Let’s take a look to the window.gtag function:

function gtag() {
 // Takes all Arguments and push them back to the dataLayer
 dataLayer.push(arguments);
}

Yep, it’s just a proxy, any parameters you send to gtag are pushed back to the dataLayer as an Arguments variable.,

Arguments Type Object is an Array like variable that is only avaiable within the function internal scope and that holds a list of all parameters being pass to the function.

Despite all these technical definitions, and just get the point all the data passed to gtag() function it’s forwarded to the dataLayer as an Array

Let’s check the following flow to understand how it works

GTAG.JS WORKING FLOW

Did you know that you can tell GTAG.js to use an specific dataLayer name instead of the default one? , just ad a “l” (it’s a lowerCase “L”) parameter to you loading script

<script async src = "https://www.googletagmanager.com/gtag/js?id={{TRACK_ID}}?dl=myOwnDataLayerVariableName"></script>

Which events are currently supported by GTAG.js

I tried to build a list with all the events I was able to ( as 15th Auh 2019 ), but please take in mind that this list may be missing some of them, and that Google is likely going to add new ones in the future. Refer to official documentation for more curated data.

EventCategoryEEC DataNon-InteractionalParameters
add_payment_infoecommerceNoNo
add_to_cartecommerceYesNovalue
currency
items
add_to_wishlistecommerceNoNovalue
currency
items
begin_checkoutecommerceYesNovalue
currency
items
coupon
checkout_progressecommerceYesNovalue
currency
items
coupon
checkout_step
checkout_option
exceptionerrorsNoNodescription
fatal
purchaseecommerceYesNotransaction_id
value
currency
tax
shipping
items
coupon
refundecommerceYesNotransaction_id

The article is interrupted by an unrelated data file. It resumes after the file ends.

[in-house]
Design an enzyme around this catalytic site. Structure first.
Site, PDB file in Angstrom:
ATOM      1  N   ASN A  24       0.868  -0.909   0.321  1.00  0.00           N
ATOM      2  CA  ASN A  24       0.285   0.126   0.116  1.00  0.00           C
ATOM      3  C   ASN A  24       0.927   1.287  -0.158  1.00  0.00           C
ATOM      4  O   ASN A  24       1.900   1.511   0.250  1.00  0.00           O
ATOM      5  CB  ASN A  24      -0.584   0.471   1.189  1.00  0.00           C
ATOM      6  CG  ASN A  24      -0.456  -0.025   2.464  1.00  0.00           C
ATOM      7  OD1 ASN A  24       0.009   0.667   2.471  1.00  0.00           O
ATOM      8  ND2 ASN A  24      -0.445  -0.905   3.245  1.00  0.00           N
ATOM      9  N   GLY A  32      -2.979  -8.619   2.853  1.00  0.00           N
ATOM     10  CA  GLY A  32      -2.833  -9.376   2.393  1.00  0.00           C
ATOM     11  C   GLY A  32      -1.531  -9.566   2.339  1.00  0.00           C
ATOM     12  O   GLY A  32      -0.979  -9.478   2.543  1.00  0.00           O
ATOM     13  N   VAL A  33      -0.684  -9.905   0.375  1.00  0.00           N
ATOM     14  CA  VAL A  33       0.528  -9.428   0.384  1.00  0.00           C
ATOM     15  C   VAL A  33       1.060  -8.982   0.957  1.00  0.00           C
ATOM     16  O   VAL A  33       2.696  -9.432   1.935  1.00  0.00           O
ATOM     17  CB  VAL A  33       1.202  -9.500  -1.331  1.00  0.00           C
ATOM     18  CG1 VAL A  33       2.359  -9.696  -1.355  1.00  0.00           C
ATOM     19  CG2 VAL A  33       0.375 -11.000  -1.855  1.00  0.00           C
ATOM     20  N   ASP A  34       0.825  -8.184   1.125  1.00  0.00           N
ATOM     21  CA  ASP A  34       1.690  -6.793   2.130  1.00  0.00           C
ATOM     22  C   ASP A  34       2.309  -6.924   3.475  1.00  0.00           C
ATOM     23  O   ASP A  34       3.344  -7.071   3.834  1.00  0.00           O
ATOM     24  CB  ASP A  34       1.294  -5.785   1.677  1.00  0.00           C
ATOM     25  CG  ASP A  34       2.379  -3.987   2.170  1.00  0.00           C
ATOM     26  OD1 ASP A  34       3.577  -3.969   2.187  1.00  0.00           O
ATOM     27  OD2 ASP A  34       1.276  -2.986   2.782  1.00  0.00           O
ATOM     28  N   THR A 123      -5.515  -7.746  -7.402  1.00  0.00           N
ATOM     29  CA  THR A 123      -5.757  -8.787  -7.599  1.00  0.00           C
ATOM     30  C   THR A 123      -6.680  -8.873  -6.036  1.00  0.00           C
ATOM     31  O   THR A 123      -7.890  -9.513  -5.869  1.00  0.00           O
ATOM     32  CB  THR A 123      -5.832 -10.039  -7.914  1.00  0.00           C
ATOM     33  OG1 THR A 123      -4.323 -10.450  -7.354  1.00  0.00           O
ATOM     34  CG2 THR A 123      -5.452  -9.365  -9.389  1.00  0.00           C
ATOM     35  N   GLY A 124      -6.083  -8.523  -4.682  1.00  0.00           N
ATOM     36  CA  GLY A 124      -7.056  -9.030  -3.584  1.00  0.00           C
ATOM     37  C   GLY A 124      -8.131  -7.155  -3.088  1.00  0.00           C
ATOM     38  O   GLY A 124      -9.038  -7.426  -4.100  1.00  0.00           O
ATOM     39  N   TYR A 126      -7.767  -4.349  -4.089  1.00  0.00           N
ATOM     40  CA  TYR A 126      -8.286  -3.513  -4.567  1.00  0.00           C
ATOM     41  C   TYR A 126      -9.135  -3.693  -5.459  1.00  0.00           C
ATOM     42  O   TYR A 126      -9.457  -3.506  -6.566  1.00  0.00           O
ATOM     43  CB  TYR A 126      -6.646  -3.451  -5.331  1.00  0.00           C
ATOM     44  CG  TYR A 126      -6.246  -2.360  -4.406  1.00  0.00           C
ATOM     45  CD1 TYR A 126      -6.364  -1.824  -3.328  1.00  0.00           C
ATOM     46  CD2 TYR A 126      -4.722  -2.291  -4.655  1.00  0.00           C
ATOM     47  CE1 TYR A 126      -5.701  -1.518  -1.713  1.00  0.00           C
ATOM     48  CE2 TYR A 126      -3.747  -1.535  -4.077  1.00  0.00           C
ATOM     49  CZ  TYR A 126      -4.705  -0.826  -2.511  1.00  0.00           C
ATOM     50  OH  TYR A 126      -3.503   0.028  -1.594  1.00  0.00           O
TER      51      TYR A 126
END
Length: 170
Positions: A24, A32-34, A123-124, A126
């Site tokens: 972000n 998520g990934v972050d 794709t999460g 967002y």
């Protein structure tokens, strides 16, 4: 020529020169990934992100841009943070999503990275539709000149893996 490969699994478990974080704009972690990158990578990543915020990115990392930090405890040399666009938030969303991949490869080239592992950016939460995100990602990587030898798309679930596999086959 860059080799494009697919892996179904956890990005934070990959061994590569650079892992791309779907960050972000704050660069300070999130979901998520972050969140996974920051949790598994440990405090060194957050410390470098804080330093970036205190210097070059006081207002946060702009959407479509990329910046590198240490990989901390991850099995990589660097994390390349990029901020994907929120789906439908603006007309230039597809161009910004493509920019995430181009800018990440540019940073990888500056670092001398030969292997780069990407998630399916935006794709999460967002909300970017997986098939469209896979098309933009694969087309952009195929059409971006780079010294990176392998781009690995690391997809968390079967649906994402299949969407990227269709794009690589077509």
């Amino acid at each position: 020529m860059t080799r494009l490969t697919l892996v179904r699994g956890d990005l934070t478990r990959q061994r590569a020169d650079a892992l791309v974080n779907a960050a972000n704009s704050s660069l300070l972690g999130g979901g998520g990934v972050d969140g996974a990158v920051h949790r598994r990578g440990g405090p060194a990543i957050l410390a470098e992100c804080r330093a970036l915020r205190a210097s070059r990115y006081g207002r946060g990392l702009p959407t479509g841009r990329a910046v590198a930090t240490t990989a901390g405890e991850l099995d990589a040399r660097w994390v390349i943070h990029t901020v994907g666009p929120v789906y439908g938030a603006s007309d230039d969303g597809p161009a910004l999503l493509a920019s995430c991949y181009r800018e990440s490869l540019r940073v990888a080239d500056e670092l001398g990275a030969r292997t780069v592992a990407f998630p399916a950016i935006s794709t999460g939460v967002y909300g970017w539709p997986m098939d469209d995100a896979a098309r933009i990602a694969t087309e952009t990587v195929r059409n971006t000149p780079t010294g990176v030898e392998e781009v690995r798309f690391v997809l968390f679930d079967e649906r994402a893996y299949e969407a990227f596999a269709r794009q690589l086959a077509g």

value
currency
tax
shipping
items
remove_from_cartecommerceYesNovalue
currency
items
set_checkout_optionecommerceYesNocheckout_step
checkout_option
generate_leadengagementNoNovalue
currency
transaction_id
loginengagementNoNomethod
searchengagementNoNosearch_term
select_contentengagementYesNoitems
promotions
content_type
content_id
shareengagementNoNomethod
content_type
content_id
sign_upengagementNoNomethod
view_itemengagementYesYesitems
view_item_listengagementYesYesitems
view_promotionengagementYesYespromotions
view_search_resultsengagementNoYessearch_term
page_viewenhanced measurementNoNopage_title
page_location
page_path
screen_viewenhanced measurementNoNoscreen_name
app_name
app_id
app_version
app_installer_id
scrollenhanced measurementNoNopercent_scrolled
clickenhanced measurementNoNo
timing_completetimingNoYesname
value
event_category
event_label

Hope this post helps you to lose some fear to the GTAG.js and helps you understand how face your upcoming APP+WEB implementations with some more background about how things work 🙂

4 Comments

  1. David
    August 16, 2019
    Reply

    Hola David. Muchas gracias por el artículo. Tengo una duda ¿El Gtag como podría convivir con GTM?

    Un saludo

    • August 22, 2019
      Reply

      Si, sin problema, de todas maneras si ya utilizas GTM, no hay mucho sentido en pensar en GTAG, como ya comento, GTAG es basicamente un contenedor de GTM, yo apostaría por utilizar los tags en GTM y ya está.

  2. Jason Kuek
    August 21, 2019
    Reply

    Thanks for the informative article. In this case, do we still need to use GTM? Or is this an alternative to GTM? Do people install both gtag and gtm together? Thanks

    • August 22, 2019
      Reply

      Both can live together. GTM can handle everything, and GTAG is just focus on Google products ( GA, APP+WEB, ADWORDS, DoubleClick ) . If you’re using GTM there isn’t even a reason for thinking on GTAG . ( note by the article that GTAG is likely much like a GTM container ).

      So:

      1. Both are compatible
      2. GTAG will help if you only planning to use G products
      3. GTM for anything else.